Simply put, where we live affects the kind of life we can have. When households spend more than half their income on rent, there is little left for necessities like non-emergency preventive medical care, healthy food or outlets for physical activity. Low-income households are financially stretched when unexpected medical expenditures occur, and paying medical bills can mean missed rent payments, risking eviction.
Research also shows that our neighborhoods have a sizable impact on our health and well-being, as evidenced by the number of adjacent areas that have vastly different life expectancies – sometimes as different as 20 years. Socioeconomic status and access to public amenities and services are contributing factors in these disparities, and access to high-quality, affordable housing and health care are often interrelated.
Enterprise has been addressing health inequities facing low-income people by not only embedding health-based decision-making in affordable housing, but also cultivating strong cross-sector partnerships with key organizations, including United Healthcare, Kaiser Permanente and Bon Secours. We’ve also created a Health Advisory Council composed of a number of nationally recognized experts across the health care sector. Their insights have been invaluable to our understanding of the connections between health and housing. As Enterprise Board Member and Health Advisory Council Chair Dr. Megan Sandel wrote in a recent op-ed, “As a physician, I know that stable, affordable homes are as necessary as medicines, a good diet, and exercise to help people achieve good health.”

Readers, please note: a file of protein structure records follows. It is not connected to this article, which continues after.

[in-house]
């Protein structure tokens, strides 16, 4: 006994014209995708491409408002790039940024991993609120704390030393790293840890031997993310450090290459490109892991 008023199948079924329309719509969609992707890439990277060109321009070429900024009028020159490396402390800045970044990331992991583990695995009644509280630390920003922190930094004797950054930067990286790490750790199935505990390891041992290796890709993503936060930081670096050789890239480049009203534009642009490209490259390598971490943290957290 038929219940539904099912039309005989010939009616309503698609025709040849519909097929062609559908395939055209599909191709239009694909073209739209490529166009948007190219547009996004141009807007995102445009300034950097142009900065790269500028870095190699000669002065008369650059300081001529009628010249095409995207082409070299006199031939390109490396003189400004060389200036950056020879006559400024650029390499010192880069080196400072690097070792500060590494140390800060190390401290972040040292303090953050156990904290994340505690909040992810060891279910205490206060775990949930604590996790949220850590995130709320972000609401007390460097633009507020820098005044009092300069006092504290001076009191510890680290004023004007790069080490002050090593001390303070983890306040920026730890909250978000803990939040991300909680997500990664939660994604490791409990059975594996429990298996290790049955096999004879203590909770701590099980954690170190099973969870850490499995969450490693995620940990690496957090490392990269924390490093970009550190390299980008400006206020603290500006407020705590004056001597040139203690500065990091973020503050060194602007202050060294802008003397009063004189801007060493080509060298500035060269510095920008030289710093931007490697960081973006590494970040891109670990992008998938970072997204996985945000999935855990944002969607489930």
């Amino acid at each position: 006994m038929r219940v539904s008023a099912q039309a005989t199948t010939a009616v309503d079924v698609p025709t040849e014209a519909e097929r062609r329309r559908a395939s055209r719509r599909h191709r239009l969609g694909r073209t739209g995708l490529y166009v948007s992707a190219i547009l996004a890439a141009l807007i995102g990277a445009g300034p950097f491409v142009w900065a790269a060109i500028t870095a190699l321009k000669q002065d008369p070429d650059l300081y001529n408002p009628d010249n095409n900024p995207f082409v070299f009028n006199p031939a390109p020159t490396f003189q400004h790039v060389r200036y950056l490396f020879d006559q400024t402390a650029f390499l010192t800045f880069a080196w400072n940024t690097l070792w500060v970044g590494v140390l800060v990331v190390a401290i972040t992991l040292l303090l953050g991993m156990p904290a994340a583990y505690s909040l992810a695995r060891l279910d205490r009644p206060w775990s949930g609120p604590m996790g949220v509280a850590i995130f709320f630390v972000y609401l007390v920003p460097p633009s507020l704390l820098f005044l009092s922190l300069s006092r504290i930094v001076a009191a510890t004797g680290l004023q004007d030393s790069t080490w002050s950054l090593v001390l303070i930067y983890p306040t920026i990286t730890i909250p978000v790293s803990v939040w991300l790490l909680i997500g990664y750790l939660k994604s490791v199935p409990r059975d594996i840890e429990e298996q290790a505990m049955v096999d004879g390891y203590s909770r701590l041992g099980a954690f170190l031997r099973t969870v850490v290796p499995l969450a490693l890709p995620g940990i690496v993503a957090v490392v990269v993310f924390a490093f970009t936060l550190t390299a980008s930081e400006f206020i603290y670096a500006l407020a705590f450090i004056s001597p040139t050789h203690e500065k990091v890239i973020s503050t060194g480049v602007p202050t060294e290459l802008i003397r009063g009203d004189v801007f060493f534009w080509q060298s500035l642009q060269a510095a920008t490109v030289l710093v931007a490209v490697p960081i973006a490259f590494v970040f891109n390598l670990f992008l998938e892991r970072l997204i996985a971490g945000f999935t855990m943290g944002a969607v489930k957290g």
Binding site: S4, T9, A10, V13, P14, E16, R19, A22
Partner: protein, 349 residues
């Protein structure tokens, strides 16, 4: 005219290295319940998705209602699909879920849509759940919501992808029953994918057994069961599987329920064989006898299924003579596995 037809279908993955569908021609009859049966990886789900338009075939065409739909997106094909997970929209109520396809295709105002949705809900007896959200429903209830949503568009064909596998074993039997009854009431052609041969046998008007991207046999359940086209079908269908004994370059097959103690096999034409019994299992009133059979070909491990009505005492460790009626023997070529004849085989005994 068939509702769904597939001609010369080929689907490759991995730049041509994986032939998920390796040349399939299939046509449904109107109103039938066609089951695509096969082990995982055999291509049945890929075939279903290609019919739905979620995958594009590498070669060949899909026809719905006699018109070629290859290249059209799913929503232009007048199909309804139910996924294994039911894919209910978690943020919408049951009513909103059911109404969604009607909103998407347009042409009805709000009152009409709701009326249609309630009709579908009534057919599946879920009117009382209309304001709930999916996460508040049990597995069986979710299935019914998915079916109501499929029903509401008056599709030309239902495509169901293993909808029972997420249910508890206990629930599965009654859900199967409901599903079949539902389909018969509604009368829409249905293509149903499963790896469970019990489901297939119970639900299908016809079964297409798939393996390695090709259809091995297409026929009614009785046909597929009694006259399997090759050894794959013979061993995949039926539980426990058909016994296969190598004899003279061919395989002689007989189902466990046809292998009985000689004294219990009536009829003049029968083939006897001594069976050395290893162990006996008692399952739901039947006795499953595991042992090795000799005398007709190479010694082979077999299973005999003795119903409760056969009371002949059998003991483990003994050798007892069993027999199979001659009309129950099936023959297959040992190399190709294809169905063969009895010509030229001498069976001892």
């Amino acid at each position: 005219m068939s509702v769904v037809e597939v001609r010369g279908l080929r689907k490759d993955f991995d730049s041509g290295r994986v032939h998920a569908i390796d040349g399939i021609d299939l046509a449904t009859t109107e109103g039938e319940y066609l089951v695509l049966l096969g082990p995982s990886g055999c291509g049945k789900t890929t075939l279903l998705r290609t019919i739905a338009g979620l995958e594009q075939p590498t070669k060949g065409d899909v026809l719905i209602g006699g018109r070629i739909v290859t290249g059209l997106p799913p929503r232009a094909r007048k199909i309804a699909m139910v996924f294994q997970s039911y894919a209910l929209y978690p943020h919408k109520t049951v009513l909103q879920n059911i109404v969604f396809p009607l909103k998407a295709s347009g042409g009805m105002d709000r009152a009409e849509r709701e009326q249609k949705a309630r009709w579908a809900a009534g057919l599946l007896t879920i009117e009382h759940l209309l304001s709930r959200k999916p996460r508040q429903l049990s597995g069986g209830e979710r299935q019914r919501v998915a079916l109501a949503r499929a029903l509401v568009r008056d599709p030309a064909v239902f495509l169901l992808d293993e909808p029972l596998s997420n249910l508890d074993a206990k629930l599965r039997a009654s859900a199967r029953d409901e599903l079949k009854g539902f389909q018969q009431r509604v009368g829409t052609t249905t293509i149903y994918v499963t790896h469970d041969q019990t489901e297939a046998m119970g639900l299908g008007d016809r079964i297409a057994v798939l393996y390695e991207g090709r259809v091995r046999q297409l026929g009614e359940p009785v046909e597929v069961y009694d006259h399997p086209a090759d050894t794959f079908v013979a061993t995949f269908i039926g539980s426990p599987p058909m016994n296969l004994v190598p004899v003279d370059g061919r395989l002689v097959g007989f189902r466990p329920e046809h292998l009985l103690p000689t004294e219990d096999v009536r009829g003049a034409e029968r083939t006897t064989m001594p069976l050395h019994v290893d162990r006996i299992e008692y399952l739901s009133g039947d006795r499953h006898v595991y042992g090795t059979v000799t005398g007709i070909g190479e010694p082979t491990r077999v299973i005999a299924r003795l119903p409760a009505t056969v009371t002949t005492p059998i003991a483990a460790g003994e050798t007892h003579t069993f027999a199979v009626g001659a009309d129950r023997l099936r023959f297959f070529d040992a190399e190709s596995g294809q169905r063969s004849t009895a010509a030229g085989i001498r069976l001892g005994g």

The Impact of Coverage Changes on Vulnerable Populations
When the ACA was signed into law in 2010, health care in America changed dramatically, particularly for low-income individuals and their communities. Thirty-one states and Washington, D.C., expanded Medicaid to cover all adults with incomes below 138 percent of the poverty line, and subsidies were provided to low- and moderate-income families with incomes between 100 and 400 percent of the federal poverty line so they could afford insurance plans.
By providing affordable coverage for millions of households, their cost-of-living goes down, medical conditions can be treated earlier in less costly settings and chronic conditions can be made more manageable. The easing of financial burdens related to medical expenditures has allowed households to spend more on other necessities, like housing, nutritious food and transportation.